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Leni, a displaced Iban Dayak woman, said her family was resettled in the middle of the palm plantation with restricted access to land for gardening. She fishes in a stream in the oil palm plantation. Residents said the fish population in nearby Semunying and Kumba Rivers has dropped since the oil palm plantation was established in 2004. Bengkayang regency, West Kalimantan, September 2018. © 2018 Pailin Wedel for Human Rights Watch

On February 28, ambassadors from EU member states found that they didn’t have the majority needed to pass a law that would obligate some large companies to respect human rights and environmental standards throughout their supply chains. Following the discussion, Lara Wolters, the European Parliament’s rapporteur on the file, called out the “outrageous injustice of big business lobbies who tell their political leaders what to do, instead of the other way around.”

Talks among EU ambassadors are set to continue, but unless the governments of Germany, Italy, and France stop obstructing the adoption of the text, it will be impossible to reach the necessary majority in the EU’s voting system.

The proposed EU Corporate Sustainability Due Diligence Directive is critical to prevent and remedy corporate abuses in global supply chains. Human Rights Watch and many other organizations have consistently documented human rights and environmental abuses in the supply chains of companies across various sectors, including garments, minerals, and agricultural products. Violations include child labor, dangerous working conditions, poverty wages, land grabs, and deforestation.

The law has been in the making since 2020, gone through months of EU inter-institutional “trilogue” negotiations, and EU institutions agreed on a deal in December 2023.

However, over the last few weeks, fearmongering, misinformation, and deal-making have sought to derail the law in its final round of approval by EU ambassadors, undermining the EU’s legislative processes.

In January, Germany’s Free Democratic Party, the government’s junior coalition partner, withdrew support for the agreement, falsely claiming that the directive, which the German government had previously negotiated and approved, would unreasonably burden small and medium enterprises in high-risk sectors.

But only companies large enough to meet a combination of employee and revenue thresholds fall within the scope of the proposed law. The December 2023 draft law stated clearly that it would apply to companies with more than 500 employees with the exception of a narrow list of high-risk sectors for which the threshold was set at above 250 employees, combined with revenue turnover thresholds. By definition, small and medium enterprises in the EU have fewer than 250 employees and are outside the scope of the law. These small and medium-sized companies— 99 percent of all EU businesses—would not have any legal obligations. On the contrary, the law encourages EU governments to provide financial and other support that can benefit small and medium businesses.

The Free Democratic Party’s position is out of touch with its supporter base and many German businesses. German national civil society has vociferously protested, calling on Chancellor Olaf Scholz to rein in the party and support the due diligence directive. He has yet to do so even though large coalition parties—the Greens and Social Democratic Party— support the law.

In mid-February, reports of a shameful “deal” between German Finance Minister Christian Lindner, from the Free Democratic Party, and Italy emerged. Lindner, representing the German government, reportedly agreed to block a draft EU packaging regulation to appease Italy; in exchange Italy promised to block the due diligence directive.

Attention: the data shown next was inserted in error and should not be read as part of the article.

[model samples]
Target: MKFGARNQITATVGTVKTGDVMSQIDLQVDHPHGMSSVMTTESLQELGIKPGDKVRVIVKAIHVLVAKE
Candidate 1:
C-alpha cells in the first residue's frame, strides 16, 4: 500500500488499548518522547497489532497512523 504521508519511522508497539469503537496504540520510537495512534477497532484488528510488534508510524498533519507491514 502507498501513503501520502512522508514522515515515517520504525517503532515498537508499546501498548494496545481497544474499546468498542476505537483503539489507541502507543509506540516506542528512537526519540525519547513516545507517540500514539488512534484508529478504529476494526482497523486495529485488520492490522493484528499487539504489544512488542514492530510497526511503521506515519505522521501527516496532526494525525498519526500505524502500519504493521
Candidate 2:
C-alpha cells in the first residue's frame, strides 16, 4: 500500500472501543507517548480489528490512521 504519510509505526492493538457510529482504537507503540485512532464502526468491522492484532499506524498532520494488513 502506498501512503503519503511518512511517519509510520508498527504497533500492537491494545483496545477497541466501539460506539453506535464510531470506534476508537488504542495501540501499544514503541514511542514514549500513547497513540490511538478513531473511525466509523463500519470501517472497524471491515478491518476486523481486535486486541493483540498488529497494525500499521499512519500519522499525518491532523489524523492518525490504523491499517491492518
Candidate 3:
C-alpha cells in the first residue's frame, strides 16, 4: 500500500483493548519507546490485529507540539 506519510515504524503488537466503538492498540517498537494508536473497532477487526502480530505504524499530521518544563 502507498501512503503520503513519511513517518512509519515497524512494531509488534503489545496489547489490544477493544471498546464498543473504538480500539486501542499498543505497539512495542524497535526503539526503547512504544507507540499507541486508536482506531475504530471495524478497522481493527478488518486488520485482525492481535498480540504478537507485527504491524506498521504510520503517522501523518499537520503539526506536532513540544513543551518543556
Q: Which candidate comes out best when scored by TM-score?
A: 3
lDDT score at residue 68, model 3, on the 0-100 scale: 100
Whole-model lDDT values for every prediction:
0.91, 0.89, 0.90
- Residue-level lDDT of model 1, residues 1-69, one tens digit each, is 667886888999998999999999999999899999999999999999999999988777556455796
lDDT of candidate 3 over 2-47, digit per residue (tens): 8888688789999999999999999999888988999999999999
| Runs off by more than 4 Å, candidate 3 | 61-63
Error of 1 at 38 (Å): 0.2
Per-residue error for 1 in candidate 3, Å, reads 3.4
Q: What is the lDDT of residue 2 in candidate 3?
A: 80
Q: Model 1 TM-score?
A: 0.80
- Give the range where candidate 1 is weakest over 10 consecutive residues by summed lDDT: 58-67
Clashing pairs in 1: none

In the last few days, France has also unexpectedly played a negative role, trying to limit the scope of the proposed law to companies with more than 5,000 employees. Manon Aubry, a French member of the Parliament from the left, noted that France’s proposal would exclude 98 percent of large companies.

Over 140 civil society organizations, including Human Rights Watch, have urged EU governments to stick to the key principles agreed in December 2023 and move forward on the law. Doing so is critical to level the playing field for large companies and move beyond relying on voluntary corporate action.

There’s growing evidence that voluntary corporate responsibility efforts are not enough. A February 2024 publication by academics at the Said Business School of the University of Oxford, the New York University Stern School of Business and GlobeScan, a strategy consultancy—based on a global survey with 234 respondents from companies across sectors—found that companies are not attaching high value to “managing risks, from climate change risks, including a disrupted supply chain, to legal risks for non-compliance.”

Many corporations of all sizes and business associations from across the European Union have publicly supported the directive. Having a strong EU-wide due diligence law will limit the fragmentation of the legal landscape and instead help individual member states pursue national-level legislation with the benefit of common definitions and features.

The governments of Germany, France, and Italy should stop the misinformation, fear mongering, and efforts to block the due diligence law that serve to promote only narrow corporate interests, disregarding the support by other businesses and business associations.

France should support the due diligence directive without diluting it and persuade Italy and Germany to follow. Delivering on a strong due diligence law is crucial to signal that the EU will stand with victims of corporate abuses in their fight for justice.

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